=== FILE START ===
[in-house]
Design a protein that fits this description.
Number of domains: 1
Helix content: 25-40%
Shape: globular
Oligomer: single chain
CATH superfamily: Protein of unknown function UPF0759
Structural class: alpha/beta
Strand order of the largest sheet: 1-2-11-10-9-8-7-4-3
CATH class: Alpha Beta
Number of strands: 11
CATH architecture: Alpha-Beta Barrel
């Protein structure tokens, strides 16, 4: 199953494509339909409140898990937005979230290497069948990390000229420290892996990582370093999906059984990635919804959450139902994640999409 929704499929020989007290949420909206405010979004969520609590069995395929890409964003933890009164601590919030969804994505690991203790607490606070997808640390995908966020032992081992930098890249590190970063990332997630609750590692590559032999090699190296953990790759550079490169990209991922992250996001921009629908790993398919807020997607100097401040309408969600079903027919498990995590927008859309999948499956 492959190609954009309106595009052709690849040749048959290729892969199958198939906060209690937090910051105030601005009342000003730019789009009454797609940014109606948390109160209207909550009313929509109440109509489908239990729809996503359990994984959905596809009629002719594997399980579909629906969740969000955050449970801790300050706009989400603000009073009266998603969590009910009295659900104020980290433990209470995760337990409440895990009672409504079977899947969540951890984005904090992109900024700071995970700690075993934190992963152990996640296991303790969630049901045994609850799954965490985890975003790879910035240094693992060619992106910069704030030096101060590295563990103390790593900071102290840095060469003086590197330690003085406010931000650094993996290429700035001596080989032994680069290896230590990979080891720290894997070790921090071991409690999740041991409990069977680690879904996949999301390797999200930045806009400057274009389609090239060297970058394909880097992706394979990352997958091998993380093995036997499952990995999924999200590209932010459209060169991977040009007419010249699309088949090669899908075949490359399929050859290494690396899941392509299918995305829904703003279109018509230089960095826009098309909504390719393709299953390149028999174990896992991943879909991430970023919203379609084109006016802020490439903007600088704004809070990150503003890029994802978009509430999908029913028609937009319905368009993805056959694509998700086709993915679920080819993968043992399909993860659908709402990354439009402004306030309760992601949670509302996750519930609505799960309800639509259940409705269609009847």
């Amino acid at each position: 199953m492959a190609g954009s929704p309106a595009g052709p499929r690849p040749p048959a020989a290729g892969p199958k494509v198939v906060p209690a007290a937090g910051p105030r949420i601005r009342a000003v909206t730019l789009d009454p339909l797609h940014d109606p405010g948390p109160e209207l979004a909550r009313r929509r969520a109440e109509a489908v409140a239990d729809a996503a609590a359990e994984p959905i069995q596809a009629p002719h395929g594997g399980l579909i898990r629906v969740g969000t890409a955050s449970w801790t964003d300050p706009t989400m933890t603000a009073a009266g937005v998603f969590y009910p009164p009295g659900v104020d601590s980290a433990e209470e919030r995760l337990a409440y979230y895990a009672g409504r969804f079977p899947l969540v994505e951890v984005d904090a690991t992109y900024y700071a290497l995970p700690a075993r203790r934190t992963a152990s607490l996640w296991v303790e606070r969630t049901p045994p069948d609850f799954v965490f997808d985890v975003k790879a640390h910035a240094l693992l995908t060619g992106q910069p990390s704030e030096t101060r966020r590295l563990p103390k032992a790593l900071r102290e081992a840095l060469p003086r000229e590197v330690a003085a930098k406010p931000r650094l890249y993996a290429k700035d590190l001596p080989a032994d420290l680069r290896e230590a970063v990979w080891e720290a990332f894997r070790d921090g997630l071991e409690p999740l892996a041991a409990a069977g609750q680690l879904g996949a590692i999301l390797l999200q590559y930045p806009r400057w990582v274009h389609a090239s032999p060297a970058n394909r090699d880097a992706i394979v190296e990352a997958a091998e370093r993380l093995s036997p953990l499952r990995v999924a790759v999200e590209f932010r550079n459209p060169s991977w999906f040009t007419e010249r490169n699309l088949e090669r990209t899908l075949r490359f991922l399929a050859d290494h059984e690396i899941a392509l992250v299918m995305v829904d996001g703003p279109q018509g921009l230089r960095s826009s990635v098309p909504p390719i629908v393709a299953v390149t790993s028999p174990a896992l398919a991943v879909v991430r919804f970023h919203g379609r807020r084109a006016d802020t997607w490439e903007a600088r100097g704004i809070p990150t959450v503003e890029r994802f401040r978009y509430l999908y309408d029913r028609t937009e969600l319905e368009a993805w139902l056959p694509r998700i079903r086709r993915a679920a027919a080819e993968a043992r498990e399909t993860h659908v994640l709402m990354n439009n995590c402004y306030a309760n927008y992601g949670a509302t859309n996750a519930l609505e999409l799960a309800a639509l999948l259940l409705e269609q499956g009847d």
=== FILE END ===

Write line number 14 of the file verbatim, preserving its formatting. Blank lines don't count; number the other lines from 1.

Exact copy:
């Amino acid at each position: 199953m492959a190609g954009s929704p309106a595009g052709p499929r690849p040749p048959a020989a290729g892969p199958k494509v198939v906060p209690a007290a937090g910051p105030r949420i601005r009342a000003v909206t730019l789009d009454p339909l797609h940014d109606p405010g948390p109160e209207l979004a909550r009313r929509r969520a109440e109509a489908v409140a239990d729809a996503a609590a359990e994984p959905i069995q596809a009629p002719h395929g594997g399980l579909i898990r629906v969740g969000t890409a955050s449970w801790t964003d300050p706009t989400m933890t603000a009073a009266g937005v998603f969590y009910p009164p009295g659900v104020d601590s980290a433990e209470e919030r995760l337990a409440y979230y895990a009672g409504r969804f079977p899947l969540v994505e951890v984005d904090a690991t992109y900024y700071a290497l995970p700690a075993r203790r934190t992963a152990s607490l996640w296991v303790e606070r969630t049901p045994p069948d609850f799954v965490f997808d985890v975003k790879a640390h910035a240094l693992l995908t060619g992106q910069p990390s704030e030096t101060r966020r590295l563990p103390k032992a790593l900071r102290e081992a840095l060469p003086r000229e590197v330690a003085a930098k406010p931000r650094l890249y993996a290429k700035d590190l001596p080989a032994d420290l680069r290896e230590a970063v990979w080891e720290a990332f894997r070790d921090g997630l071991e409690p999740l892996a041991a409990a069977g609750q680690l879904g996949a590692i999301l390797l999200q590559y930045p806009r400057w990582v274009h389609a090239s032999p060297a970058n394909r090699d880097a992706i394979v190296e990352a997958a091998e370093r993380l093995s036997p953990l499952r990995v999924a790759v999200e590209f932010r550079n459209p060169s991977w999906f040009t007419e010249r490169n699309l088949e090669r990209t899908l075949r490359f991922l399929a050859d290494h059984e690396i899941a392509l992250v299918m995305v829904d996001g703003p279109q018509g921009l230089r960095s826009s990635v098309p909504p390719i629908v393709a299953v390149t790993s028999p174990a896992l398919a991943v879909v991430r919804f970023h919203g379609r807020r084109a006016d802020t997607w490439e903007a600088r100097g704004i809070p990150t959450v503003e890029r994802f401040r978009y509430l999908y309408d029913r028609t937009e969600l319905e368009a993805w139902l056959p694509r998700i079903r086709r993915a679920a027919a080819e993968a043992r498990e399909t993860h659908v994640l709402m990354n439009n995590c402004y306030a309760n927008y992601g949670a509302t859309n996750a519930l609505e999409l799960a309800a639509l999948l259940l409705e269609q499956g009847d």